ATV aerial gain tests : all the gain curves
The gain curves are conservative estimates, but I bet they’re not that far out.........
One things for sure, they’re all accurate relative to each other, which is what matters !
Note these curves are in dBd, that is gain compared to a half wave dipole, NOT (the dishonest ? ) dBi....
- Typical Contract 10 gain curves
- B group Contract aerial curves
- A group gain curves and comparisons
- B group gain curves and comparisons
- C/D group gain curves and comparisons
- K group gain curves and comparisons
- E group gain curves and comparisons
- Wideband / T group gain curves and comparisons
- Small Log Periodic aerial gain curves
Just how much gain do you get from a 10 element Contract aerial ?
These were relatively good quality Contracts (they had baluns) and it cannot be overstressed that some Contract aerials’ performance can be very inconsistent (see gain graph below....), and this is particularly the case outside of their designed for group.
Note that the A group curve is that for post 1995 aerials, when the A group was extended up to CH 37 from CH 34, see history and evolution of British TV aerial groups. Thus the response curve for aerials fitted prior to this date would be about three channels down.
Testing decent quality aerials is all very well, but what about the cheapies that many people may already have up, or be put up by a tight arse aerial installer ?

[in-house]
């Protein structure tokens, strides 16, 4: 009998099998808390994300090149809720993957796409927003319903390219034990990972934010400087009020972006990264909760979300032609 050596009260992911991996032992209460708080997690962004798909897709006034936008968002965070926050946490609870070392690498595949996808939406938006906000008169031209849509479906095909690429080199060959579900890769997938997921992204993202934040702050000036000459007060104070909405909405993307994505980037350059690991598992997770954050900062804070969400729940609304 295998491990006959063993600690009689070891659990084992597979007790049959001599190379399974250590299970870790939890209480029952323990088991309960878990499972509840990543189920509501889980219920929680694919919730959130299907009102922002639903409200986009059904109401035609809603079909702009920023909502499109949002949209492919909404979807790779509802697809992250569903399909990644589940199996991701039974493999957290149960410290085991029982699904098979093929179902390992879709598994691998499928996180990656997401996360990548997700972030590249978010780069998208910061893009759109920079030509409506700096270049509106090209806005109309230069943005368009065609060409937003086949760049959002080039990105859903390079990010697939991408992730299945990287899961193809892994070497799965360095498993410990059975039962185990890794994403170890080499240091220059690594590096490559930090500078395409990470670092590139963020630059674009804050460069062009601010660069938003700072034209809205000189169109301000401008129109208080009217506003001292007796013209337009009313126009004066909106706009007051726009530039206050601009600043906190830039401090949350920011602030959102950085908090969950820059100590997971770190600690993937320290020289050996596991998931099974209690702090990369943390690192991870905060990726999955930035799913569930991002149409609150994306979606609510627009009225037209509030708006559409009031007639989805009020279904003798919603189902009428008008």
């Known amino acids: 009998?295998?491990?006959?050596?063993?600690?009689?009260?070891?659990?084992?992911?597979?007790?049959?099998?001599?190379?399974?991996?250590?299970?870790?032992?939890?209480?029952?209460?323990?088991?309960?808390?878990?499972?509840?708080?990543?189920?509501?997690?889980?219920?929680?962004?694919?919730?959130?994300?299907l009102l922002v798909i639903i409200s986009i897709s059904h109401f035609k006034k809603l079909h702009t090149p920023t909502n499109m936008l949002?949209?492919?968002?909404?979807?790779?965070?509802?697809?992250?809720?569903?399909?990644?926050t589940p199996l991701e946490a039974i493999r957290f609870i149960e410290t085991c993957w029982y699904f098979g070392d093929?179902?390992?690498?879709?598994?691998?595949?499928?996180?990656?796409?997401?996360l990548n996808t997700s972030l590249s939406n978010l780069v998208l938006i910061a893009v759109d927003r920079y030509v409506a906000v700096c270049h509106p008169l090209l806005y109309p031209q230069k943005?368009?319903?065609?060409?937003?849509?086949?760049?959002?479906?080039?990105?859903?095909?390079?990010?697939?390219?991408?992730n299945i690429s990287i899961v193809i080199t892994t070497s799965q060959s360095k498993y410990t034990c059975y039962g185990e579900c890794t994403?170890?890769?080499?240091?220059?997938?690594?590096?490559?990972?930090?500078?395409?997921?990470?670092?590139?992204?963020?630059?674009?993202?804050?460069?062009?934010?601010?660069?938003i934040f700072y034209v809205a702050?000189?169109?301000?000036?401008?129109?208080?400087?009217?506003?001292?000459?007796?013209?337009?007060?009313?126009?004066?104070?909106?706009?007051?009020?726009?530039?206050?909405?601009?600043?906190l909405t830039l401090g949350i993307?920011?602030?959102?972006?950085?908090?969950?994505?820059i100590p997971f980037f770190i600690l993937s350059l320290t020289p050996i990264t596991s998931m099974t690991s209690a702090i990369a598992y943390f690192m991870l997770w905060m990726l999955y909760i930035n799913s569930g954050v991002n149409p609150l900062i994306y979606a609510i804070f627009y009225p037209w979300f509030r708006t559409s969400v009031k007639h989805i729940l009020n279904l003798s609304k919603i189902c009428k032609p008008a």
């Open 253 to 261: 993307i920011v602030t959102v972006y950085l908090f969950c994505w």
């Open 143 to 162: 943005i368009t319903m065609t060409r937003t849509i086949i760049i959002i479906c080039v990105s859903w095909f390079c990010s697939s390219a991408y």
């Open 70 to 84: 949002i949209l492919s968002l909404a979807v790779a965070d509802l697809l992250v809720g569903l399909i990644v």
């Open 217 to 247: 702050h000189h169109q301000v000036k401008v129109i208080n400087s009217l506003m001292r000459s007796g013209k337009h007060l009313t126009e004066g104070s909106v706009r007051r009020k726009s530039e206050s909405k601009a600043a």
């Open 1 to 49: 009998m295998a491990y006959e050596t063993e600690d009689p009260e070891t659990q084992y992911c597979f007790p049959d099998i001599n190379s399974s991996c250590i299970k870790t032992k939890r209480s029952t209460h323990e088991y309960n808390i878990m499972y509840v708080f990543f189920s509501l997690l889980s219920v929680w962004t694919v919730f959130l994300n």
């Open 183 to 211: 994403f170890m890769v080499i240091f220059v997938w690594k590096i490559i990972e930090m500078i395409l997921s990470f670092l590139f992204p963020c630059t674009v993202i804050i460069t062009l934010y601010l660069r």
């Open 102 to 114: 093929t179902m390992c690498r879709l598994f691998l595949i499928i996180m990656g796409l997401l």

Above we have two Contract 10Bs, an old Contract 18B (possibly 20 to 30 years old ?), two Contract 18Bs, plus the Yagi18B and the XB16B which we sell.
I was particularly interested to find out how much difference a balun made to the performance of an aerial and in the above tests the two Contract 10s are identical save for one having a balun and the other not. From those curves, and the others come to that, it can be seen that a balun does seem to have an effect on gain, particularly outside the aerials designed for band.
It will be noted that the gain of the old Contract 18B was dipping way before even CH53, which is the top of the B group. As can be seen in this article the B group used to finish at CH51, but even so, the aerial is dropping off too early.
Now, all aerial gain curves have bumps and dips in them, so on this site (and in fact all published aerial gain curves....) they are smoothed off for clarity, but the huge dip in the gain of the Contract 18B without a balun is of a different order altogether. This is typical of some Contract type aerials, beware.
C/D group TV aerial gain curves compared to other relevant antennas.
Also see Tri Boom aerial gain curve.
The CD group is now obsolete, but there are still thousands up on people’s houses so this graph is still relevant !